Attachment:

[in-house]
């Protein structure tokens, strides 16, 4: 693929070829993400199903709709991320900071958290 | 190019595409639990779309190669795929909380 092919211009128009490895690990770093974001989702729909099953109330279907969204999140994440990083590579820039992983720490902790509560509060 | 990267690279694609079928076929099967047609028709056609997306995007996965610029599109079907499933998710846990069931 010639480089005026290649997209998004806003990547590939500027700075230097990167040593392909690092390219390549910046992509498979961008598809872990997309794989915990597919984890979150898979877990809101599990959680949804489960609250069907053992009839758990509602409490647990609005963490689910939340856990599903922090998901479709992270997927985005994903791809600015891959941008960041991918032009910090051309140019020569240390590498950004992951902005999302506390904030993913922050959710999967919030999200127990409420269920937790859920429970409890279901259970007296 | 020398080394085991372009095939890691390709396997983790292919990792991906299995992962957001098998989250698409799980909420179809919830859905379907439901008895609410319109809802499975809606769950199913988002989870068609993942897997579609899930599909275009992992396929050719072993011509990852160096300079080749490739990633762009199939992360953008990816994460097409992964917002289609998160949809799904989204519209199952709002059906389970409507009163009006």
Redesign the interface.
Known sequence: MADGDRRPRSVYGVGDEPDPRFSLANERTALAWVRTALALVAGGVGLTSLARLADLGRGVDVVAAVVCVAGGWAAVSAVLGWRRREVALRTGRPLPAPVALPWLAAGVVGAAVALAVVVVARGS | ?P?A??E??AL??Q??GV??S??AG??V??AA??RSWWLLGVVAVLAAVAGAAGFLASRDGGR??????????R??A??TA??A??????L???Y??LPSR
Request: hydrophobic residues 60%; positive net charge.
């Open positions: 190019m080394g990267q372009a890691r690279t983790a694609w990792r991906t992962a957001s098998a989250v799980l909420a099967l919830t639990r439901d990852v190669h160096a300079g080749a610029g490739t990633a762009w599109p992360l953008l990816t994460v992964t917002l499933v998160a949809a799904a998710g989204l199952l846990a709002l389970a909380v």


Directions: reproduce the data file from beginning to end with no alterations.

[in-house]
């Protein structure tokens, strides 16, 4: 693929070829993400199903709709991320900071958290 | 190019595409639990779309190669795929909380 092919211009128009490895690990770093974001989702729909099953109330279907969204999140994440990083590579820039992983720490902790509560509060 | 990267690279694609079928076929099967047609028709056609997306995007996965610029599109079907499933998710846990069931 010639480089005026290649997209998004806003990547590939500027700075230097990167040593392909690092390219390549910046992509498979961008598809872990997309794989915990597919984890979150898979877990809101599990959680949804489960609250069907053992009839758990509602409490647990609005963490689910939340856990599903922090998901479709992270997927985005994903791809600015891959941008960041991918032009910090051309140019020569240390590498950004992951902005999302506390904030993913922050959710999967919030999200127990409420269920937790859920429970409890279901259970007296 | 020398080394085991372009095939890691390709396997983790292919990792991906299995992962957001098998989250698409799980909420179809919830859905379907439901008895609410319109809802499975809606769950199913988002989870068609993942897997579609899930599909275009992992396929050719072993011509990852160096300079080749490739990633762009199939992360953008990816994460097409992964917002289609998160949809799904989204519209199952709002059906389970409507009163009006």
Redesign the interface.
Known sequence: MADGDRRPRSVYGVGDEPDPRFSLANERTALAWVRTALALVAGGVGLTSLARLADLGRGVDVVAAVVCVAGGWAAVSAVLGWRRREVALRTGRPLPAPVALPWLAAGVVGAAVALAVVVVARGS | ?P?A??E??AL??Q??GV??S??AG??V??AA??RSWWLLGVVAVLAAVAGAAGFLASRDGGR??????????R??A??TA??A??????L???Y??LPSR
Request: hydrophobic residues 60%; positive net charge.
């Open positions: 190019m080394g990267q372009a890691r690279t983790a694609w990792r991906t992962a957001s098998a989250v799980l909420a099967l919830t639990r439901d990852v190669h160096a300079g080749a610029g490739t990633a762009w599109p992360l953008l990816t994460v992964t917002l499933v998160a949809a799904a998710g989204l199952l846990a709002l389970a909380v």